Apple watchers know we’ve come a long way since 2014, which means developers at WWDC 2015 on June 8-12 will get to explore a host of new technologies they didn’t know existed last year.
Each is interesting in isolation, but together they comprise a program of platform potential to justify Apple’s Internet chief, Eddy Cue’s 2014 promise of, "the best product pipeline I've ever seen in 25 years.”
The Apple Watch opens up new conversations for developers. What’s the best way to use Glances? What about nested menus? How else can we bring the connected intelligence of iPhone to the wrist, or (and perhaps even more interesting) what kind of data can we bring to the phone from the watch? “Discover how to use WatchKit to create Apple Watch apps that complement your iPhone app, enable fast and focused interactions, and deliver timely and relevant information to the wrist,” Apple promises.
Apple’s new deal with IBM is incredibly important. It opens up new possibilities for OS X developers in the enterprise. IBM brings all kinds of technologies, not least its Watson deep learning AI. How might the power of Watson inform future OS X or iOS app developments? How much machine intelligence can we put inside a Mac app? Apple may even tell us a little more about the Foundation DB acquisition.
Apple continues to improve Siri, but the intelligent assistant has been as useful as a chocolate teapot to Russian, Danish, Dutch, Thai, Turkish, Swedish and Portuguese speakers. iOS 8.3 changed this, and Siri is now available in all these languages. New languages; new opportunity.
HealthKit and ResearchKit will attract fleets of new developers, from medical scientists to engineers looking to integrate medical and personal health related devices into Apple’s ecosystems. It won’t stop there – developers will eventually be able to build solutions that promise to improve your health and this year’s ResearchKit-gathered evidence should give them the proof they need to get regulatory approval to offer products promising this.
The world banking system may be struggling to resist the onslaught of Apple Pay as bankers recognize none of us will weep when they do inevitably go to the wall, so developers should climb aboard Apple Pay at WWDC to figure out how they might use it to disrupt the banking sector. What apps can you create with Apple Pay that may open new business opportunities or replace traditional fintech sector products? Crowdfunding personal loans?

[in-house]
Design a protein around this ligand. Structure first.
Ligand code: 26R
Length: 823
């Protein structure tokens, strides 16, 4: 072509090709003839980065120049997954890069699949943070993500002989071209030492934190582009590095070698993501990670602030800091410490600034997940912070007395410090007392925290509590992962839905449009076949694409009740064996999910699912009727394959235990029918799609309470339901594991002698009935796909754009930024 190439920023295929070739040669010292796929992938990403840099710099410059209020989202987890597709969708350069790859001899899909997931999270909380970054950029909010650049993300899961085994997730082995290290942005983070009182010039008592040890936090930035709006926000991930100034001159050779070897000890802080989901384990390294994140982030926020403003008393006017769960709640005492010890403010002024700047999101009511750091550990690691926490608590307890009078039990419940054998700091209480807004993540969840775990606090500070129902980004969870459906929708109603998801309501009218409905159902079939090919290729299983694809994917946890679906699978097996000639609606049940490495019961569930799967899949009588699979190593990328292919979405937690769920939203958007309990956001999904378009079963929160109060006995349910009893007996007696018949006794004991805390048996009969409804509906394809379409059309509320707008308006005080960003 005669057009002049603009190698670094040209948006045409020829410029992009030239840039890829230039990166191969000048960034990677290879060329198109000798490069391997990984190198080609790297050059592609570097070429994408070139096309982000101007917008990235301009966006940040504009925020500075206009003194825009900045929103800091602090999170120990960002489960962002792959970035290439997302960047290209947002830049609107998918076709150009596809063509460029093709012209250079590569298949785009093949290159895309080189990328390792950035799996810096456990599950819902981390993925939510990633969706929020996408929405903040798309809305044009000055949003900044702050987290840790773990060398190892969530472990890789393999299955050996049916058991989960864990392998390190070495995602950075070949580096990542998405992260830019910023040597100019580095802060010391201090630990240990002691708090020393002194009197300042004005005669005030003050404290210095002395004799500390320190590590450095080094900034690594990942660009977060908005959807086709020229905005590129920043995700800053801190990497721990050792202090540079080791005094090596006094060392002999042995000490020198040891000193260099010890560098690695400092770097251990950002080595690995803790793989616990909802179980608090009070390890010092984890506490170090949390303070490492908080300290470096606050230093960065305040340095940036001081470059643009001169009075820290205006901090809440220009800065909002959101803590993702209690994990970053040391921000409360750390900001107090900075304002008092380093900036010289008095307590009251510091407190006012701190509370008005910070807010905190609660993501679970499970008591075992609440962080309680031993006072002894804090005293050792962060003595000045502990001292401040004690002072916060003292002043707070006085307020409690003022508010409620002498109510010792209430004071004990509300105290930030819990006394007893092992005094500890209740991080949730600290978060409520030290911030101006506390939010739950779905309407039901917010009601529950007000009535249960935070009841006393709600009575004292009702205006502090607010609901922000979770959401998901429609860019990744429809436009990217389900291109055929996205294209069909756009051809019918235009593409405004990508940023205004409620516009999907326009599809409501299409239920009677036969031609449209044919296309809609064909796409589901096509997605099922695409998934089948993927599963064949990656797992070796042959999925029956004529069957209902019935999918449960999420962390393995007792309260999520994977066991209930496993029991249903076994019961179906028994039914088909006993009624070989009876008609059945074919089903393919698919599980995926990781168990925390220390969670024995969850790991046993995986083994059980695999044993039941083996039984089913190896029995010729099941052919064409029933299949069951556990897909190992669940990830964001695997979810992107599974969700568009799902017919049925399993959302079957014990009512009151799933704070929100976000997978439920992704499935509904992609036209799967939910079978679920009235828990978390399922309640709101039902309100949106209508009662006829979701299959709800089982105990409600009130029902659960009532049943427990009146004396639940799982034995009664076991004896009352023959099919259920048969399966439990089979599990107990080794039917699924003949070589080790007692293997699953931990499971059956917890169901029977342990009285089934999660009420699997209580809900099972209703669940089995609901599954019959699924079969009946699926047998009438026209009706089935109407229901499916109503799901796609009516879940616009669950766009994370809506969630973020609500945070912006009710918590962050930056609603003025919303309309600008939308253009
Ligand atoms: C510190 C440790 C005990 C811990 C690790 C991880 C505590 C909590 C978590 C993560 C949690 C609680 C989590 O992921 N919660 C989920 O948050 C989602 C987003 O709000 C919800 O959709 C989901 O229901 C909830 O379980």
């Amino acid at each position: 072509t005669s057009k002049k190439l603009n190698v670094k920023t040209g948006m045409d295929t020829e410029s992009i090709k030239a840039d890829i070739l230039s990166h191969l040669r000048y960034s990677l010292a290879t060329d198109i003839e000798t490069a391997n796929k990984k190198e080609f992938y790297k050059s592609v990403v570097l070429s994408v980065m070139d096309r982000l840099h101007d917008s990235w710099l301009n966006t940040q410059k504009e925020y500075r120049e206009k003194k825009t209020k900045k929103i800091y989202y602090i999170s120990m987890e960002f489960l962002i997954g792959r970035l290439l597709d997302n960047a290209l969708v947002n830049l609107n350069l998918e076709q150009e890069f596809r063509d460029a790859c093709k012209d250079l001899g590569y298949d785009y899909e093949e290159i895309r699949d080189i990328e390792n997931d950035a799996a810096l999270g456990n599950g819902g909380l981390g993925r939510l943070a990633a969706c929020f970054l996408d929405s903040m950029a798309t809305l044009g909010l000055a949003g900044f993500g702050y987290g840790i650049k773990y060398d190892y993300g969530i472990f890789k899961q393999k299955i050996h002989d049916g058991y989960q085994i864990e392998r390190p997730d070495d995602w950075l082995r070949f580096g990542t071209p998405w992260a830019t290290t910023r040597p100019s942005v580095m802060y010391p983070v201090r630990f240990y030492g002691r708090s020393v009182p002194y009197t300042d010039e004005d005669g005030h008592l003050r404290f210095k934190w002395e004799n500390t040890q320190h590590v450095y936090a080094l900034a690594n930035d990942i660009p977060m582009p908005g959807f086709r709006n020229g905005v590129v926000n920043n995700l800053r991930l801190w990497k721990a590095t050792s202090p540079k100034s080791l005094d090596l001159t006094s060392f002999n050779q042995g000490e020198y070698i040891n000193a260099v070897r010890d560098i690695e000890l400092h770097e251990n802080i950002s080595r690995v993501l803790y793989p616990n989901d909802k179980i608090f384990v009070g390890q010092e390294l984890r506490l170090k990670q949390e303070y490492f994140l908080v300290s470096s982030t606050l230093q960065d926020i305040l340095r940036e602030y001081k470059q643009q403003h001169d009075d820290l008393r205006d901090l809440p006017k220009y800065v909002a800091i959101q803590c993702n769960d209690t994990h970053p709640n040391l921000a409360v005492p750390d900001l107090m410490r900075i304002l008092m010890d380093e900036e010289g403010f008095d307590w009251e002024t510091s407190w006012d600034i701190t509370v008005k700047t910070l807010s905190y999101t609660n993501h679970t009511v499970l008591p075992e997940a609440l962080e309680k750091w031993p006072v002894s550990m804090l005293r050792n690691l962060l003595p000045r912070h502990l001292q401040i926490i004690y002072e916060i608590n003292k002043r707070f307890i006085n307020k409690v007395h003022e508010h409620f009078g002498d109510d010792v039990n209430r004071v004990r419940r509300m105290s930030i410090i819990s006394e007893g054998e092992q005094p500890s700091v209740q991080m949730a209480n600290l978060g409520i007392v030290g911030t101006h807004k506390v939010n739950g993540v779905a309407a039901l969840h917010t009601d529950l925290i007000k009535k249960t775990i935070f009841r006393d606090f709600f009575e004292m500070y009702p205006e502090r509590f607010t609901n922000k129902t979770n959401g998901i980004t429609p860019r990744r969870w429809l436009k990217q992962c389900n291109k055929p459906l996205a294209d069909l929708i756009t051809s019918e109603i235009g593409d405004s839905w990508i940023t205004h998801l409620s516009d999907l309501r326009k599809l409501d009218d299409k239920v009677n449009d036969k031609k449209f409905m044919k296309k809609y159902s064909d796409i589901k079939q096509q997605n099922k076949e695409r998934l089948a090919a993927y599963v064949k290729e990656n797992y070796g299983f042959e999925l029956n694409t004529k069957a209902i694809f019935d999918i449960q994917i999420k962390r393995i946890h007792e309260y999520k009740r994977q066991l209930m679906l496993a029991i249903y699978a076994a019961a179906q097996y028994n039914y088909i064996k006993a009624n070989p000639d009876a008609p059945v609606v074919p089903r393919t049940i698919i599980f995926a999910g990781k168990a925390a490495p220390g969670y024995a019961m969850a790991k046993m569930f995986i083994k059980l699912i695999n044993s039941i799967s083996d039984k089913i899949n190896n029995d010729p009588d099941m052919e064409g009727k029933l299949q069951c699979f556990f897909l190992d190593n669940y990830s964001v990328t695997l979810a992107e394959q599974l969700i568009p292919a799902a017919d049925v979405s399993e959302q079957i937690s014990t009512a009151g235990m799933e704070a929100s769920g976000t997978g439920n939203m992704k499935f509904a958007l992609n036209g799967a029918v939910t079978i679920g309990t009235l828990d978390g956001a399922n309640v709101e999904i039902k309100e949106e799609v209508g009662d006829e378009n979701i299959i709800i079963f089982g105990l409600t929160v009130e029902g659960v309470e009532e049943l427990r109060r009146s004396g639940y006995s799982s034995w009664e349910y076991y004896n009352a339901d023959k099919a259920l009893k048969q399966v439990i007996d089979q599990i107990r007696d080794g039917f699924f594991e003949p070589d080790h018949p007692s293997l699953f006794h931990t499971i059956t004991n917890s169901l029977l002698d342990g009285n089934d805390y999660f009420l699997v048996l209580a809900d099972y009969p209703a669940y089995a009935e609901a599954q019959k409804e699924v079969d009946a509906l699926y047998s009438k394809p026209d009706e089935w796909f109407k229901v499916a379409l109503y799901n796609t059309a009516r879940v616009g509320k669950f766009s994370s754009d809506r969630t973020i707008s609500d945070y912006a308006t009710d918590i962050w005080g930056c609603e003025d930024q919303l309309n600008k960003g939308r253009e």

“Add a new dimension of interaction in your Mac app with Force Touch,” Apple enthuses. We can’t wait. Particularly as the company pops Apple Watch taptic support inside iPhones and the Mac we can look forward to some interesting new ways to communicate, I imagine. You can also look forward to some cool built-in tools for drawing, graphics, video and productivity apps thanks to Force Touch.
Blink and you’ll have missed it but buried inside the iOS 8.4 developer beta is an updated music app with a brand new look that also gives more prominence to iTunes Radio. We don’t yet know what Apple plans to call its Beats service – will it become part of iTunes Radio, or its own entity? However, it’s not so hard to imagine how streaming music could integrate into third-party apps, and where better to discuss this than WWDC?
The scene seems right for Apple to talk Apple TV, following the HBONow exclusive, increasing channel inventory and deals with streaming providers like Hulu or Netflix. It is possible we will learn more on the company’s plans here before WWDC, but developers will explore the implications, perhaps using Auto Layout to “create flexible user interfaces that look great on multiple screen sizes and orientations”. That recent Apple TV price cut and the fact it hasn’t been significantly updated in years lend weight to the notion that this will be a significant upgrade.
One more thing..
Might WWDC 2015 see Apple add features derived from the Spotsetter service it might have acquired last year to Maps? And what about TouchID? Or the iPad Pro? Or future plans for interconnects and USB-C? Clearly there’s a lot to learn at Apple’s developer event in June.
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